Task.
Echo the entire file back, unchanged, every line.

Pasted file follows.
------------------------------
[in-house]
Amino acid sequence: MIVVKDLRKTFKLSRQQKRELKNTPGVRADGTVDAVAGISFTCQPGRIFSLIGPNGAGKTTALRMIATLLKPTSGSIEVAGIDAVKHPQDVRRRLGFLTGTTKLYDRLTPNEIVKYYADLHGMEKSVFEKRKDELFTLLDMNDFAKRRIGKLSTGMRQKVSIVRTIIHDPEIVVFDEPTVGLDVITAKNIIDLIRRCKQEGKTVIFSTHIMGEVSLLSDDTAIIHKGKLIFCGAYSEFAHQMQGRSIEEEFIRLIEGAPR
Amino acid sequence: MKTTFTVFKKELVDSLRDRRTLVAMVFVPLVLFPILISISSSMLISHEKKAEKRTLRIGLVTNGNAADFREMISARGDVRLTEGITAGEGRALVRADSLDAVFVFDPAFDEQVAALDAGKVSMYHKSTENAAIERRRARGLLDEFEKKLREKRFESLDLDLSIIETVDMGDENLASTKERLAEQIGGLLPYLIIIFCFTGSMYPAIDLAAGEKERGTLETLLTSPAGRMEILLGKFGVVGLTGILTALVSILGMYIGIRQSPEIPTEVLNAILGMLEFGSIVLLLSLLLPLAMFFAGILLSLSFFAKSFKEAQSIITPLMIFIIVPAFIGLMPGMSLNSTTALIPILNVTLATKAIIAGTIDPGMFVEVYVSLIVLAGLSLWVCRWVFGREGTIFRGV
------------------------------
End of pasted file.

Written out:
[in-house]
Amino acid sequence: MIVVKDLRKTFKLSRQQKRELKNTPGVRADGTVDAVAGISFTCQPGRIFSLIGPNGAGKTTALRMIATLLKPTSGSIEVAGIDAVKHPQDVRRRLGFLTGTTKLYDRLTPNEIVKYYADLHGMEKSVFEKRKDELFTLLDMNDFAKRRIGKLSTGMRQKVSIVRTIIHDPEIVVFDEPTVGLDVITAKNIIDLIRRCKQEGKTVIFSTHIMGEVSLLSDDTAIIHKGKLIFCGAYSEFAHQMQGRSIEEEFIRLIEGAPR
Amino acid sequence: MKTTFTVFKKELVDSLRDRRTLVAMVFVPLVLFPILISISSSMLISHEKKAEKRTLRIGLVTNGNAADFREMISARGDVRLTEGITAGEGRALVRADSLDAVFVFDPAFDEQVAALDAGKVSMYHKSTENAAIERRRARGLLDEFEKKLREKRFESLDLDLSIIETVDMGDENLASTKERLAEQIGGLLPYLIIIFCFTGSMYPAIDLAAGEKERGTLETLLTSPAGRMEILLGKFGVVGLTGILTALVSILGMYIGIRQSPEIPTEVLNAILGMLEFGSIVLLLSLLLPLAMFFAGILLSLSFFAKSFKEAQSIITPLMIFIIVPAFIGLMPGMSLNSTTALIPILNVTLATKAIIAGTIDPGMFVEVYVSLIVLAGLSLWVCRWVFGREGTIFRGV